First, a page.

Mish will say that the Fed on its own could not cause hyperinflation but Congress could.   This displays a lack of understanding of how hyperinflation works.  It is always the combination of the government spending far more than it gets in taxes and the central bank printing money and buying government debt.   It is the two together that result in hyperinflation, not one alone.

Mish will say "hyperinflation is a political event not a monetary event".  I think Milton Friendman was right when he said "inflation is always and everywhere a monetary phenomenon".  First off, hyperinflation is a process that can go on for years, not an event.   The exact cutoff point between regular inflation and hyperinflation is arbitrary, so it makes no sense to say that below 26% it is a monetary phenomenon and above 26% it is a political phenomenon.   

Mish said, "Since printing $2 trillion did not spur credit expansion, pray tell why would $50 trillion?".   Mish needs to read the storey about the straw that broke the camel's back again.  There are situations where a small amount of something is ok but lots is not.  There are lots of medicines that are helpful in small doses but deadly in large doses.  If 2 people go walking on some ice they might be fine but 50 people walking in the same area might break through.  Hyperinflation has a human element.  There is sort of a panic to get out of the bonds and then a panic to get out of the currency.  It is hard to say exactly when the panic will start, but I don't think anyone ever prints more than the GNP in one year without getting hyperinflation and certainly not 3 times the GNP.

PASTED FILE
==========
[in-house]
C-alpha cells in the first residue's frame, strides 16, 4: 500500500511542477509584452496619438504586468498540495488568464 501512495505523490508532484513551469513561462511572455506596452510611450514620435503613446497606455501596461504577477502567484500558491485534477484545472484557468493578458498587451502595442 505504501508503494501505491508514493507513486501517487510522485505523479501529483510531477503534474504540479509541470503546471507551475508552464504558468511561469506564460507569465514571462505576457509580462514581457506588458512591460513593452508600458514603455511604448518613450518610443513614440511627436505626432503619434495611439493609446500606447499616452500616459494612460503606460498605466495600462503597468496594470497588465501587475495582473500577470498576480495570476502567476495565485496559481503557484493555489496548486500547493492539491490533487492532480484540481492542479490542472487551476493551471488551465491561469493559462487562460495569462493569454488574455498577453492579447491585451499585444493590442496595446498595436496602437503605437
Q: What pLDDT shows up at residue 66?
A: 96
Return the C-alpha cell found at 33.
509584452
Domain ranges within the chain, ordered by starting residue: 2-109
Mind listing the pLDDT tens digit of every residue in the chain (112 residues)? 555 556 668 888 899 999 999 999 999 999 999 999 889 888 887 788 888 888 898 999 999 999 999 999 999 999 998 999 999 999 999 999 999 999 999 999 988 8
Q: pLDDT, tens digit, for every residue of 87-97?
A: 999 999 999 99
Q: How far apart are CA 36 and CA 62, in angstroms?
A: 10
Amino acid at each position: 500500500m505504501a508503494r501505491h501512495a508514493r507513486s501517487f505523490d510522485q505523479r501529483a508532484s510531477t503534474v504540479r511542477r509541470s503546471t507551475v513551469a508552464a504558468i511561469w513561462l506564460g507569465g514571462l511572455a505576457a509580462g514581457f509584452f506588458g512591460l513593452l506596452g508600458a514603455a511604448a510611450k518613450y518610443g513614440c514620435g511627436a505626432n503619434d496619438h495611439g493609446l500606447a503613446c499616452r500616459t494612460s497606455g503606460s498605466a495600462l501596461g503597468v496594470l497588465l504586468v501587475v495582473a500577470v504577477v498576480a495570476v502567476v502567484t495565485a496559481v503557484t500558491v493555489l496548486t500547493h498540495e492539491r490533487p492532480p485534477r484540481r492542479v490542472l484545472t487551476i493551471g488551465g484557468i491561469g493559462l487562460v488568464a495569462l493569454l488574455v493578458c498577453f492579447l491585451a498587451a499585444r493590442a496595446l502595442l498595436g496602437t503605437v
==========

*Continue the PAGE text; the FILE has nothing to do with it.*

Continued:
Mish will say that the Fed can not give money away or spend it and that banks only want to lend to  credit-worthy businesses but those and consumers are still deleveraging.  So Mish can not see how the Fed can put money into the economy.   He is not seeing that the government has no real limit on the amount they can borrow and spend.  They have a debt limit but they increase it anytime they get close, so it is not a real limit.   This government deficit spending, financed by the central bank making new money, is the real source of inflation but Mish never talks about it.

Mish thinks it is silly to compare the US to Weimar Germany or Zimbabwe hyperinflations because the situations are so different.   Each case of hyperinflation is unique, so if you are looking for differences you will always find them.   You need to understand the similarities.  Hyperinflation happens because debt gets over 80% of GNP and deficit gets over 40% of spending.   It does not matter how you get into that situation.  Hyperinflation works the same if you lose a foreign war,  a civil war, a dictator goes crazy, a government with excessive foreign debt, nationalizing too many businesses, rampant corruption, productive collapse, excessive regulation, a regime change, too many taxpayers fleeing high taxes, a massive depression, or whatever.  It just matters that the government is spending nearly twice what they get in taxes and has already borrowed more than is reasonable.   When they are in this situation they can not borrow more, except from the central bank under their control.  So they get the central bank to make money and "loan" it to them.  When the reality is the only way they can pay back that "loan" from the central bank is by first getting another "loan" from the central bank you are probably headed for hyperinflation.